FINALLY- after DAYS of evaluating and taking LITERALLY thousands of photos, you have at least 10+ good shots of everyone. Great! Done! No, not so much. Now comes the really fun part. Uploading all those hundreds of photos onto the computer and then going through them one by one. Trying to decide what you can do something with and which ones are a total loss. Then after all the photos have been carefully sorted and edited, I must go back through and “tag” each and every photo. I just started doing this a couple of years ago when I got tired of seeing my puppies and dogs and even my KIDS holding my puppies and dogs on other “breeders” websites advertising “their” litters or dogs! Not only has each and every photo on my website been very hard earned, ,more importantly, my YEARS of hard work breeding and producing those gorgeous puppies and dogs-.and now some ya-hoo with 2 mutts in his back yard can take credit for my hard work and worse, rip off some unsuspecting consumer who thinks it is too good to be true, to find a puppy of that quality for only $300!! Don’t get me wrong, where there is a will, there is a way, and I still find photos of my dogs WITH my kids and my home, etc. in them all over the place- they just crop out the logo or blur it out. But at least I am not making it any easier on them! After I have finished editing and labeling all of the photos, I then need to create webpages for each of the puppies. I then need to type up the evals and then upload the photos onto the created webpages and organize the photos. I then have to link all the pages and names on the main litter page so that when you click on a puppy’s name or photo, it takes you to that puppy’s individual page. I will also often try to put together slide shows or videos of the puppies individually, but unfortunately, that is when time permits. Guardian Rottweilers is not a large commercial breeder with a dozen employees. It is myself, my husband and my children. And not only do I have to devote time to working and training my youths and adults dogs, but all the cleaning, laundry, food prep, etc., as well as band, soccer, church activities, spelling tests, algebra tests, French, flash cards, field trips, etc. that go along with being a mom. I love my dogs with every fiber of my being. If my passion for them is not palpable on my website or speaking with me, then I do not know what else to offer. However, my most important and most sacred job always has been and always will be that of being a mom to the 4 most amazing kids He ever created.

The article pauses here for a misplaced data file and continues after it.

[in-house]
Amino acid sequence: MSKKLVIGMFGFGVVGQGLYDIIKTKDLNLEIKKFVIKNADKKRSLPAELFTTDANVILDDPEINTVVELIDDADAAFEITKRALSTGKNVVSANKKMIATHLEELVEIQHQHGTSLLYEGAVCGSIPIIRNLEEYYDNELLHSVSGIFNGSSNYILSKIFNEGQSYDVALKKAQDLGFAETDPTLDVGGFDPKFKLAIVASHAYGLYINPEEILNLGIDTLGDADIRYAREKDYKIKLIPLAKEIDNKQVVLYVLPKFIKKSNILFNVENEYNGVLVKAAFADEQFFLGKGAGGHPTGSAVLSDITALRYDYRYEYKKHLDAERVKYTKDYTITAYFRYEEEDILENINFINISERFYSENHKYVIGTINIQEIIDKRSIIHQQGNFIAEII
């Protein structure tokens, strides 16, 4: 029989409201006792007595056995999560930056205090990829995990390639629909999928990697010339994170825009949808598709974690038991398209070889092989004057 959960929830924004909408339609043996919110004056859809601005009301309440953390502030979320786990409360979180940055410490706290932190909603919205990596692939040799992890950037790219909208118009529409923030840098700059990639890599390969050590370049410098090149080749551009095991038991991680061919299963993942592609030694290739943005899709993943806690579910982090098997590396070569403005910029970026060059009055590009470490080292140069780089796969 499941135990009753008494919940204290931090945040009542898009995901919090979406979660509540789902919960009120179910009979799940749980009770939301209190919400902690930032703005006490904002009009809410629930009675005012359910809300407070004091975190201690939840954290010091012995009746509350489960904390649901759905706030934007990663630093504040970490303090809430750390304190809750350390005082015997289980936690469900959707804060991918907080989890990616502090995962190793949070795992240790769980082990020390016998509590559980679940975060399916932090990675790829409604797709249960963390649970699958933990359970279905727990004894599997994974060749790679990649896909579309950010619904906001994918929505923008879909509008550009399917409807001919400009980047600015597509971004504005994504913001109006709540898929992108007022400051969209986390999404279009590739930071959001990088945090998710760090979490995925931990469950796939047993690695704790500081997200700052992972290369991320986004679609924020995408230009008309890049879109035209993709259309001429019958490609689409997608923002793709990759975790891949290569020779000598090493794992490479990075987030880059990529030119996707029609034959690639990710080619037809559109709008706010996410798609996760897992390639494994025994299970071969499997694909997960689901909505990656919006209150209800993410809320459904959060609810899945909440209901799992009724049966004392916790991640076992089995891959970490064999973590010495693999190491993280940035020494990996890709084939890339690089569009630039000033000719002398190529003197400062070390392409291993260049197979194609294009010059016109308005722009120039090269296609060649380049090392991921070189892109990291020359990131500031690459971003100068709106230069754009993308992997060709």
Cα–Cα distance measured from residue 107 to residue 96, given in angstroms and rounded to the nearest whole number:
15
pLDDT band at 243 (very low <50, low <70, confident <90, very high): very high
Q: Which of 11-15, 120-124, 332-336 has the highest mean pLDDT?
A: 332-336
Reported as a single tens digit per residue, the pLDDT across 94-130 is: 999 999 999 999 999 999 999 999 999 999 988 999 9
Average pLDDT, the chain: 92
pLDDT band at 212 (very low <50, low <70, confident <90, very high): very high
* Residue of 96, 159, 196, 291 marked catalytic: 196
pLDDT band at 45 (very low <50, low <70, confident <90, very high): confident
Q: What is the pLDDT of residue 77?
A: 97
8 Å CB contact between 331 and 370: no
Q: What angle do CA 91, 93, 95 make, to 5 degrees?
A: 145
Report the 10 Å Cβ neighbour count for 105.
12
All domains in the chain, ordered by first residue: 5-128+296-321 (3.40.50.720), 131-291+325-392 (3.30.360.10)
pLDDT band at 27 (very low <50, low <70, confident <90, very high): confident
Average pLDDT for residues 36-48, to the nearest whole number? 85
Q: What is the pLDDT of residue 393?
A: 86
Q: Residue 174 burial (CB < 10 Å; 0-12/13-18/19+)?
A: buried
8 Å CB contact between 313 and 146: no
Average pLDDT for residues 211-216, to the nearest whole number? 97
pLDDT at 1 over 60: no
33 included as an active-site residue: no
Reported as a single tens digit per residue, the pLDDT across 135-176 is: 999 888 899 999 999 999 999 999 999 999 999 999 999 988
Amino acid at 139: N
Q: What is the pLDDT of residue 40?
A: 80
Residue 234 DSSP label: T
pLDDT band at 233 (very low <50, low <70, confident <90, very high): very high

(logo designed by Bill Domiano)
So, a very long winded answer to a very short question. Can I get a photo of your puppy real quick for you? No, sorry. It is not real quick. And because it takes me hours and hours and HOURS, I do it only once per litter. I am happy to do group shots where they are playing or eating and the individual head type, top and bottom lines, etc. are not judged, but the individual photos are done at the time the evals are done. This is the most accurate time for the evals and the most accurate time to CORRECTLY capture the breed type and conformation of the puppy. The only exceptions are if I keep a few from one litter back and then later re-evaluate them as youth and decide to go ahead and sell one. Of course 4-5 months later is an entirely different story than 4-5 days later- although again, you will still get your most accurate representation going back and looking at the 6 week old shots.. I am not trying to be mean or difficult. But my puppies are too high quality to be advertised with sub quality photos that were taken real quick from a cell phone.